Nonnegative Matrix
Factorization

New Models

Topic Models
experiments

Is Learning
Computationally
Easy?

Method of
Moments
algebraic geometry

Nonnegative Matrix
Factorization

MY WORK ON LEARNING
computational geometry

Nonnegative Matrix
Factorization

New Models

Topic Models
experiments

Is Learning
Computationally
Easy?

Method of
Moments
algebraic geometry
Mixtures of
Gaussians

Nonnegative Matrix
Factorization

LEARNING MIXTURES OF GAUSSIANS

10

15

Pearson (1896) and the Naples crabs:

20

LEARNING MIXTURES OF GAUSSIANS

0.58

0.60

0.62

0.64

0.66

0.68

0.70

15
10
5

Can we infer the parameters of a mixture


of Gaussians from random samples?

Pearson (1896) and the Naples crabs:

20

LEARNING MIXTURES OF GAUSSIANS

0.58

0.60

0.62

0.64

0.66

0.68

0.70

Introduced the method of moments, but


no provable guarantees

15
10
5

Can we infer the parameters of a mixture


of Gaussians from random samples?

Pearson (1896) and the Naples crabs:

20

LEARNING MIXTURES OF GAUSSIANS

0.58

0.60

0.62

0.64

0.66

0.68

0.70

Introduced the method of moments, but


no provable guarantees

15
10
5

Can we infer the parameters of a mixture


of Gaussians from random samples?

Pearson (1896) and the Naples crabs:

20

LEARNING MIXTURES OF GAUSSIANS

0.58

0.60

0.62

0.64

0.66

0.68

Theorem [Kalai, Moitra, Valiant STOC10, FOCS10]: there is a


polynomial time alg. to learn the parameters of a mixture of a
constant number of Gaussians (even in high-dimensions)

0.70

Introduced the method of moments, but


no provable guarantees

15
10
5

Can we infer the parameters of a mixture


of Gaussians from random samples?

Pearson (1896) and the Naples crabs:

20

LEARNING MIXTURES OF GAUSSIANS

0.58

0.60

0.62

0.64

0.66

0.68

Theorem [Kalai, Moitra, Valiant STOC10, FOCS10]: there is a


polynomial time alg. to learn the parameters of a mixture of a
constant number of Gaussians (even in high-dimensions)

This settles a long line of work


starting with [Dasgupta, 99] that
assumed negligible overlap.

0.70

Introduced the method of moments, but


no provable guarantees

15
10
5

Can we infer the parameters of a mixture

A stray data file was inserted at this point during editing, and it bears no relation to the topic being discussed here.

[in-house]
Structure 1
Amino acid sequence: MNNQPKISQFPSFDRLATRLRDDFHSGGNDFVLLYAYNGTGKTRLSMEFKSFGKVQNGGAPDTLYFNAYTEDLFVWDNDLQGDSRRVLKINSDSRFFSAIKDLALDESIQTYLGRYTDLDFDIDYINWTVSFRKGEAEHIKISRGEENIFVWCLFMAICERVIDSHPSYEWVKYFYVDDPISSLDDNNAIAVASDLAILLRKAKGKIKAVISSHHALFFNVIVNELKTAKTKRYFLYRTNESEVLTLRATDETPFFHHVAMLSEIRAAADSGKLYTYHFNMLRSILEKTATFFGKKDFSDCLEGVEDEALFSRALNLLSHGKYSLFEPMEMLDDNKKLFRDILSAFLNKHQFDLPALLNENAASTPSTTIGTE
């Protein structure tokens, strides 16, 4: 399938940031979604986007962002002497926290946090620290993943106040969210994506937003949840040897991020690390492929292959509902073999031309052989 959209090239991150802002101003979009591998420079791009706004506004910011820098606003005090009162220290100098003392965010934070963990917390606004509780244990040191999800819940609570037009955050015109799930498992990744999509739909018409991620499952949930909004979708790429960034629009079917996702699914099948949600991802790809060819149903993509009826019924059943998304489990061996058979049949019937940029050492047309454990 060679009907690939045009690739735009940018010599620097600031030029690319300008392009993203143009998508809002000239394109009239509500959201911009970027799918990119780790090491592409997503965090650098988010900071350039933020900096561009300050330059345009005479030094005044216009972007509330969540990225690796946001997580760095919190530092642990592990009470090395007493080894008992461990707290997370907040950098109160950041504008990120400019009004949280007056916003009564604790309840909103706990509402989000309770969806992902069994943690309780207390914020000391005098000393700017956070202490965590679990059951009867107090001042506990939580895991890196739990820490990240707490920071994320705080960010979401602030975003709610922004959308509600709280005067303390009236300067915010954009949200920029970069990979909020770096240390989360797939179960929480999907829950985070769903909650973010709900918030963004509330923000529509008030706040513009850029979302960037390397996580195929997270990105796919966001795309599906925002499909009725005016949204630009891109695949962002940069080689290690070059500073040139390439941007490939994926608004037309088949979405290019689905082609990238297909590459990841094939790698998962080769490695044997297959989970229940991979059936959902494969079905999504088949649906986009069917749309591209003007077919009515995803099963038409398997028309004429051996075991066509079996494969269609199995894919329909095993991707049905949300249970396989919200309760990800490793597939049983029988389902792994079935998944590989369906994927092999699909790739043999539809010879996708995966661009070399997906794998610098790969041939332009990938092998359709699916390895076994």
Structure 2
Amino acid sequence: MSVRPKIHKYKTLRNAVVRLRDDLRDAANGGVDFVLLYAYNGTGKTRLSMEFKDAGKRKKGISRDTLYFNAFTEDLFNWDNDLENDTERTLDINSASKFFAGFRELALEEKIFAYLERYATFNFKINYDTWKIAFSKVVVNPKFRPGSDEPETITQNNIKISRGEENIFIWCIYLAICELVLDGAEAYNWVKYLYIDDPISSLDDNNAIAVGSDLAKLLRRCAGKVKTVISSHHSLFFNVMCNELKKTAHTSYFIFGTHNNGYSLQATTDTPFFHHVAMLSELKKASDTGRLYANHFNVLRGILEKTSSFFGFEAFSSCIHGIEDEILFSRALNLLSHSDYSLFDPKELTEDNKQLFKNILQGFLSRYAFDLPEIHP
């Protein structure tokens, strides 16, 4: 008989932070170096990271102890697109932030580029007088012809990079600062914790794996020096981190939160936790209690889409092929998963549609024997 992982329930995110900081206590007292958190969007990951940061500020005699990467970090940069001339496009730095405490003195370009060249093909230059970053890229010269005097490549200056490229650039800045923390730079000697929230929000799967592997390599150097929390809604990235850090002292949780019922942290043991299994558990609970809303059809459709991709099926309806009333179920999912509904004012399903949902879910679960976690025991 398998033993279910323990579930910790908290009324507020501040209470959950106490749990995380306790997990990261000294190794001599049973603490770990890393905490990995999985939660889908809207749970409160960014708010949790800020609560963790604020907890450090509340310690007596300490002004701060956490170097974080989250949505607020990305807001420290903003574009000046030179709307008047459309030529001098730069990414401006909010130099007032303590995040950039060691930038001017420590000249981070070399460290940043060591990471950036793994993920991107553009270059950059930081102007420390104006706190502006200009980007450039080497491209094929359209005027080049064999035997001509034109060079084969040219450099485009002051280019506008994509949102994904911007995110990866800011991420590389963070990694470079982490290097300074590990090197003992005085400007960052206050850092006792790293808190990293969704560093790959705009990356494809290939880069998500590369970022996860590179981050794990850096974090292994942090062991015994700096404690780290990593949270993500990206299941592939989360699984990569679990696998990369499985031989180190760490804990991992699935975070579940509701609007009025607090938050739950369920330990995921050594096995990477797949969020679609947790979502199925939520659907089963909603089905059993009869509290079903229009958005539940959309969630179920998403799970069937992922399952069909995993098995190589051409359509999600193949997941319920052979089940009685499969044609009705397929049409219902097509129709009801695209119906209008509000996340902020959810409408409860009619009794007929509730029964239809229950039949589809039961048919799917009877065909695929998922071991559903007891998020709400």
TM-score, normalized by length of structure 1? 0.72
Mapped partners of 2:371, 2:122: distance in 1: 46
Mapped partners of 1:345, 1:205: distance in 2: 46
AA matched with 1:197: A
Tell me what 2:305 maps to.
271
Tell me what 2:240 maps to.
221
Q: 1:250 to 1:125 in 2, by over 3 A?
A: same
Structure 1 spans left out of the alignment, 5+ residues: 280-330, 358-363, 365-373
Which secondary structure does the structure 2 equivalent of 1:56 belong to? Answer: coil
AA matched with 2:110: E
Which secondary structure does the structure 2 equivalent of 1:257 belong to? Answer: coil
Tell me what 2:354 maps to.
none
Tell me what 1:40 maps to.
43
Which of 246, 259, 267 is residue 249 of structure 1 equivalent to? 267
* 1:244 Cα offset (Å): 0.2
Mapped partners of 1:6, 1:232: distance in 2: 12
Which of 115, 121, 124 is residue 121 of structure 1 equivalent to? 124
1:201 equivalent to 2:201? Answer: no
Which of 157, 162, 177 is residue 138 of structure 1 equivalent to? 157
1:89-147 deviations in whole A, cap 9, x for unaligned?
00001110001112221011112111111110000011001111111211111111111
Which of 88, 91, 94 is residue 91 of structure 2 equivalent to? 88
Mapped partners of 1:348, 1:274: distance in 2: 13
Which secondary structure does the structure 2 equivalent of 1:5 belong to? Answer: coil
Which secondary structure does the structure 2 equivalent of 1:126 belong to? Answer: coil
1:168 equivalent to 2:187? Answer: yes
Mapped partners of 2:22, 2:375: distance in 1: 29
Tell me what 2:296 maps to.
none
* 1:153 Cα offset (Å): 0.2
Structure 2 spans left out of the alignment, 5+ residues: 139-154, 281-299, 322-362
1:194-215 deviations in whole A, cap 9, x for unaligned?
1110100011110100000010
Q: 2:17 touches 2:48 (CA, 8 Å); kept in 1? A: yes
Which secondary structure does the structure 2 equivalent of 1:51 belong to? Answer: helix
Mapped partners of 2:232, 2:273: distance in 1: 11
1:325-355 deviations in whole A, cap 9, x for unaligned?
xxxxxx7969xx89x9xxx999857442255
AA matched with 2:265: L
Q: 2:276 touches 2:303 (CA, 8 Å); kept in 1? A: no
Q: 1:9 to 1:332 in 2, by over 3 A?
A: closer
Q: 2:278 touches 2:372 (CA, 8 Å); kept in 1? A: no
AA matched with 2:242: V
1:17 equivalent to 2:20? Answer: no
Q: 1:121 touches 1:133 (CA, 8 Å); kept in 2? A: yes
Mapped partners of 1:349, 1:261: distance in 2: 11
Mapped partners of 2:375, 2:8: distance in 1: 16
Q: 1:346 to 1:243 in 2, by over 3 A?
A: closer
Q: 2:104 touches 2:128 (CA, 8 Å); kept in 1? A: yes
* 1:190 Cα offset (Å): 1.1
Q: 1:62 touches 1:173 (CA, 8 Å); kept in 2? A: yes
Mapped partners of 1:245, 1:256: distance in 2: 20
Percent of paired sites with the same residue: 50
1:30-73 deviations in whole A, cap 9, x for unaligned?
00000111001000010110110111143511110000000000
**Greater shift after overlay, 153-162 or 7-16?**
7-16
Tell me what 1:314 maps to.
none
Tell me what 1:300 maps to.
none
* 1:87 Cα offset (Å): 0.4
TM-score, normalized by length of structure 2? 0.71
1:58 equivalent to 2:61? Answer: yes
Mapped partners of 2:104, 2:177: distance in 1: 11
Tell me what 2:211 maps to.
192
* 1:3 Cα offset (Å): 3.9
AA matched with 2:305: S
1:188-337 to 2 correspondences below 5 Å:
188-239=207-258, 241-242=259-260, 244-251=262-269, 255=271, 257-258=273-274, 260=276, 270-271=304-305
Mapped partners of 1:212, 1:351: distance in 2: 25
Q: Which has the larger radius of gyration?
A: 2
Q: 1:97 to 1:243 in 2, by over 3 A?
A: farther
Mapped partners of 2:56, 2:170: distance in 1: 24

of Gaussians from random samples?

Pearson (1896) and the Naples crabs:

20

LEARNING MIXTURES OF GAUSSIANS

0.58

0.60

0.62

0.64

0.66

0.68

Theorem [Kalai, Moitra, Valiant STOC10, FOCS10]: there is a


polynomial time alg. to learn the parameters of a mixture of a
constant number of Gaussians (even in high-dimensions)

This settles a long line of work


starting with [Dasgupta, 99] that
assumed negligible overlap. See
also [Belkin, Sinha 10]

0.70

MY WORK ON LEARNING
computational geometry

Nonnegative Matrix
Factorization

New Models

Topic Models
experiments

Is Learning
Computationally
Easy?

Method of
Moments
algebraic geometry
Mixtures of
Gaussians

Nonnegative Matrix
Factorization

MY WORK ON LEARNING
computational geometry

Nonnegative Matrix
Factorization

New Models

Deep Learning

experiments

local search

Is Learning
Computationally
Easy?

Method of
Moments
algebraic geometry
Mixtures of
Gaussians

Topic Models

Nonnegative Matrix
Factorization

MY WORK ON LEARNING
complex analysis

computational geometry

Population
Recovery
DNF

Deep Learning

Nonnegative Matrix
Factorization

New Models

experiments

local search

Is Learning
Computationally
Easy?

Method of
Moments
algebraic geometry
Mixtures of
Gaussians

Topic Models

Nonnegative Matrix
Factorization

MY WORK ON LEARNING
complex analysis

computational geometry

Population
Recovery
DNF

Deep Learning

Nonnegative Matrix
Factorization

New Models

experiments

local search

Is Learning
Computationally
Easy?

Method of
Moments
algebraic geometry
Mixtures of
Gaussians

Topic Models

Nonnegative Matrix
Factorization

Robustness
functional analysis
Linear Regression

MY WORK ON ALGORITHMS

MY WORK ON ALGORITHMS
Approximation Algorithms,
Metric Embeddings

MY WORK ON ALGORITHMS
Approximation Algorithms,
Metric Embeddings

Information Theory,
Communication Complexity

MY WORK ON ALGORITHMS
Approximation Algorithms,
Metric Embeddings

Information Theory,
Communication Complexity
?
f(x+y) = f(x) + f(y)

Combinatorics,
Smooth Analysis

f(x)
f(w)

f(y)
f(z)

Summary:
Often optimization problems abstracted from
learning are intractable!


Summary:
Often optimization problems abstracted from
learning are intractable!
Are there new models that better capture the
instances we actually want to solve in practice?

Summary:
Often optimization problems abstracted from
learning are intractable!
Are there new models that better capture the
instances we actually want to solve in practice?
These new models can lead to interesting theory
questions and highly practical and new algorithms

Summary:
Often optimization problems abstracted from
learning are intractable!
Are there new models that better capture the
instances we actually want to solve in practice?
These new models can lead to interesting theory
questions and highly practical and new algorithms
There are many exciting questions left to explore
at the intersection of algorithms and learning

Any Questions?
Summary:
Often optimization problems abstracted from
learning are intractable!
Are there new models that better capture the
instances we actually want to solve in practice?
These new models can lead to interesting theory
questions and highly practical and new algorithms
There are many exciting questions left to explore
at the intersection of algorithms and learning